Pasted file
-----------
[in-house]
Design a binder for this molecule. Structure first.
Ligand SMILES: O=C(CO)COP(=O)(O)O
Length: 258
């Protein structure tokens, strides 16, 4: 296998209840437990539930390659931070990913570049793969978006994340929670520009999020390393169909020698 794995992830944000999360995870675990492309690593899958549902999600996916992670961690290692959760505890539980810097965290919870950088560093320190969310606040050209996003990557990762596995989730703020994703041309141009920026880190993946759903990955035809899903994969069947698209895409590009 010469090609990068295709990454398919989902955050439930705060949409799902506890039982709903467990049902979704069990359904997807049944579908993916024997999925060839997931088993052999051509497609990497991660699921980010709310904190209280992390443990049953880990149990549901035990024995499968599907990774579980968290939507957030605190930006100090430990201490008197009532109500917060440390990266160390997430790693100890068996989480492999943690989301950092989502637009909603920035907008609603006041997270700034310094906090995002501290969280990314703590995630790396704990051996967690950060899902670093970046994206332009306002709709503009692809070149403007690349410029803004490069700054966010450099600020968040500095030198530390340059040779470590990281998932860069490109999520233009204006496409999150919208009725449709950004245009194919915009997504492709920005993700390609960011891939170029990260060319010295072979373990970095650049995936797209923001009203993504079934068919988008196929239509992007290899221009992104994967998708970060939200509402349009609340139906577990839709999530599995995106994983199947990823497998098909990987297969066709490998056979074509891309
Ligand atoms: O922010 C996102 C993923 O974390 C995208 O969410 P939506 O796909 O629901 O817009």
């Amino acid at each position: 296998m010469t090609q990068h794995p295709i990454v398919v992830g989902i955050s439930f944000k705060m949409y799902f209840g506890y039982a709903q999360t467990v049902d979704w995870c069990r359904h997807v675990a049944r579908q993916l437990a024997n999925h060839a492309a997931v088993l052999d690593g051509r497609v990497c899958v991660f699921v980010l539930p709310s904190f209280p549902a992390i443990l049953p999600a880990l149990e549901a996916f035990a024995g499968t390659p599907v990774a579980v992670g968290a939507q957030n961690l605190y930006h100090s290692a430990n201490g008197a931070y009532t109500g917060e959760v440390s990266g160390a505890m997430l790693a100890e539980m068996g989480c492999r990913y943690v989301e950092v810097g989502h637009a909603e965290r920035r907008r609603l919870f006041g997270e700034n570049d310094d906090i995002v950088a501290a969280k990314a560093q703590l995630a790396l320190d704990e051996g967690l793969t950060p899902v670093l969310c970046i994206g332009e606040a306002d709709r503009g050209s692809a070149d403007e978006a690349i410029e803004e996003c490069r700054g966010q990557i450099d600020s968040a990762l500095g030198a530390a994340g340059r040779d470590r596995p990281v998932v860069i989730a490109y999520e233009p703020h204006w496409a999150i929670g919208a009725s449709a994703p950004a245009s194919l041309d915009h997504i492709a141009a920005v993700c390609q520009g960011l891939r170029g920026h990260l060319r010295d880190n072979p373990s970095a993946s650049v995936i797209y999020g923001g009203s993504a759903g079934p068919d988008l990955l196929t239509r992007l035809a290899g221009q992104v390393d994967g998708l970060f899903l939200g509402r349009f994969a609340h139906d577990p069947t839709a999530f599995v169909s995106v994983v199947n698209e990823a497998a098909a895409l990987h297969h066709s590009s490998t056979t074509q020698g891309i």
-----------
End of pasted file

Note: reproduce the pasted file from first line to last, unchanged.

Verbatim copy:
[in-house]
Design a binder for this molecule. Structure first.
Ligand SMILES: O=C(CO)COP(=O)(O)O
Length: 258
């Protein structure tokens, strides 16, 4: 296998209840437990539930390659931070990913570049793969978006994340929670520009999020390393169909020698 794995992830944000999360995870675990492309690593899958549902999600996916992670961690290692959760505890539980810097965290919870950088560093320190969310606040050209996003990557990762596995989730703020994703041309141009920026880190993946759903990955035809899903994969069947698209895409590009 010469090609990068295709990454398919989902955050439930705060949409799902506890039982709903467990049902979704069990359904997807049944579908993916024997999925060839997931088993052999051509497609990497991660699921980010709310904190209280992390443990049953880990149990549901035990024995499968599907990774579980968290939507957030605190930006100090430990201490008197009532109500917060440390990266160390997430790693100890068996989480492999943690989301950092989502637009909603920035907008609603006041997270700034310094906090995002501290969280990314703590995630790396704990051996967690950060899902670093970046994206332009306002709709503009692809070149403007690349410029803004490069700054966010450099600020968040500095030198530390340059040779470590990281998932860069490109999520233009204006496409999150919208009725449709950004245009194919915009997504492709920005993700390609960011891939170029990260060319010295072979373990970095650049995936797209923001009203993504079934068919988008196929239509992007290899221009992104994967998708970060939200509402349009609340139906577990839709999530599995995106994983199947990823497998098909990987297969066709490998056979074509891309
Ligand atoms: O922010 C996102 C993923 O974390 C995208 O969410 P939506 O796909 O629901 O817009």
């Amino acid at each position: 296998m010469t090609q990068h794995p295709i990454v398919v992830g989902i955050s439930f944000k705060m949409y799902f209840g506890y039982a709903q999360t467990v049902d979704w995870c069990r359904h997807v675990a049944r579908q993916l437990a024997n999925h060839a492309a997931v088993l052999d690593g051509r497609v990497c899958v991660f699921v980010l539930p709310s904190f209280p549902a992390i443990l049953p999600a880990l149990e549901a996916f035990a024995g499968t390659p599907v990774a579980v992670g968290a939507q957030n961690l605190y930006h100090s290692a430990n201490g008197a931070y009532t109500g917060e959760v440390s990266g160390a505890m997430l790693a100890e539980m068996g989480c492999r990913y943690v989301e950092v810097g989502h637009a909603e965290r920035r907008r609603l919870f006041g997270e700034n570049d310094d906090i995002v950088a501290a969280k990314a560093q703590l995630a790396l320190d704990e051996g967690l793969t950060p899902v670093l969310c970046i994206g332009e606040a306002d709709r503009g050209s692809a070149d403007e978006a690349i410029e803004e996003c490069r700054g966010q990557i450099d600020s968040a990762l500095g030198a530390a994340g340059r040779d470590r596995p990281v998932v860069i989730a490109y999520e233009p703020h204006w496409a999150i929670g919208a009725s449709a994703p950004a245009s194919l041309d915009h997504i492709a141009a920005v993700c390609q520009g960011l891939r170029g920026h990260l060319r010295d880190n072979p373990s970095a993946s650049v995936i797209y999020g923001g009203s993504a759903g079934p068919d988008l990955l196929t239509r992007l035809a290899g221009q992104v390393d994967g998708l970060f899903l939200g509402r349009f994969a609340h139906d577990p069947t839709a999530f599995v169909s995106v994983v199947n698209e990823a497998a098909a895409l990987h297969h066709s590009s490998t056979t074509q020698g891309i």